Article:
Nick Gravenites’ 80th birthday bash stars ’60s rock and blues greats
Rock and blues singer, songwriter, guitarist and music producer Nick Gravenites, a longtime Occidental resident, marked his 80th birthday on Oct. 2, but the party is yet to come.
Roughly 30 musicians, including some major players from the 1960s, will take the stage for five spontaneous hours Sunday at the Sebastopol Community Cultural Center, and a whole lot of music will be made.
“We’re gonna put groups together. They’ll be sitting in and they’ll be doing sets of their own. We’ll turn ‘em loose and I’ll watch. There’ll be as little rehearsal as possible. I like things to be alive as possible. Make some mistakes, but make it real,” said Gravenites, who shunned the title of emcee for the event.
“I’m gonna sing and smooth over problems and talk,” he said. “I’ll be the smoother-over. Let’s put it that way.”
The line-up Sunday includes hippie icon and activist Wavy Gravy, Peter Albin and Dave Getz of Big Brother and the Holding Company, Pete Sears of Jefferson Starship and Moonalice, Barry “The Fish” Melton of Country Joe and The Fish, David LaFlamme of It’s a Beautiful Day and star guitarist Harvey Mandel, who has played with the Rolling Stones, Canned Heat and John Mayall.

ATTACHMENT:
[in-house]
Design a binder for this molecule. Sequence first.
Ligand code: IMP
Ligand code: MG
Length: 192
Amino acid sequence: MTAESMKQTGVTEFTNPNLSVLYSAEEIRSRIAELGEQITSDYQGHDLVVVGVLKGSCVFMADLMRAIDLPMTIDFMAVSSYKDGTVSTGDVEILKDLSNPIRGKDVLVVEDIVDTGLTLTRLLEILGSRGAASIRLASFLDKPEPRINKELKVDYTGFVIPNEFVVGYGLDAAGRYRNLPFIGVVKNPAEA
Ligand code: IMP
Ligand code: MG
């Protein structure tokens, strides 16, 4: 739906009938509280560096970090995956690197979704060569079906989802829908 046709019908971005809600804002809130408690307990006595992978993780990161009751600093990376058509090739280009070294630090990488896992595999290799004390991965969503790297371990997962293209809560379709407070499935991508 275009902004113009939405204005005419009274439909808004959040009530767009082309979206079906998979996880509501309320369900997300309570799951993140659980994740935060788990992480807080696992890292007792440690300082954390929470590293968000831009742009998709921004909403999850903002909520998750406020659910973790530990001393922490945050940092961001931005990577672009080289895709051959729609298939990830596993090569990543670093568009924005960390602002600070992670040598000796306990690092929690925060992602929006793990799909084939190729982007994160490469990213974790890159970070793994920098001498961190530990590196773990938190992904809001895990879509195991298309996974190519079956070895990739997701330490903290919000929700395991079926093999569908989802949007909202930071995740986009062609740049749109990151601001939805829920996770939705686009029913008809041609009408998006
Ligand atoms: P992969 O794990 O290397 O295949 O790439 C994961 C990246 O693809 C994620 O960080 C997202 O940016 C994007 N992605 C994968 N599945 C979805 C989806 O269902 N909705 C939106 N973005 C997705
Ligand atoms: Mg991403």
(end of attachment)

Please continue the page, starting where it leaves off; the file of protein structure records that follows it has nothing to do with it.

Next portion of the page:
“All of the old beatniks will be there, the hippies, some blues people. People will set up to play some of David LaFlamme’s specialty items,” Gravenites said. “You talk about hippie music, and his ‘White Bird’ instantly comes to mind. He did a great thing, introducing classical violin to rock ‘n’ roll.”
Drummer Jack Irons, a founding member of the Red Hot Chili Peppers and former member of Pearl Jam, also will perform.
“He’s probably the most famous guy in Sonoma County that no one knows about,” Gravenites said. “We’re going to have too many drummers. That’s what my wife tells me.”
Born in Chicago, Gravenites connected with the Paul Butterfield Blues Band there and ultimately found himself at the heart of the San Francisco scene in the ‘60s, working with Big Brother and the Holding Company, Quicksilver Messenger Service, Electric Flag and other bands.
After moving north to Sonoma County in 1982, Gravenites lived in several spots before settling in the Occidental area a couple of decades ago.
“I’ve been here for a long time. I’m pretty localized in Occidental. That’s my hometown. People know me,” he said. “I get treated with great respect by everyone. It’s a great feeling.”
Gravenites gave up playing guitar a few years back, when numbness in some of his fingers made it difficult, but he still sings.
“I’ve known Nick for years and I have one main comment,” guitarist Mandel said. “The guy can still sing better than ever. He is one of the all-time great blues singers.”
Gravenites said he finds life as a singer-only easy and efficient.
“If you’re going to a gig, you just show up,” he said with a laugh. “No plugging in, no hauling, no tuning.”
You can reach staff writer Dan Taylor at 521-5243 or email@example.com. Read his Arts blog at arts.blogs.pressdemocrat.com.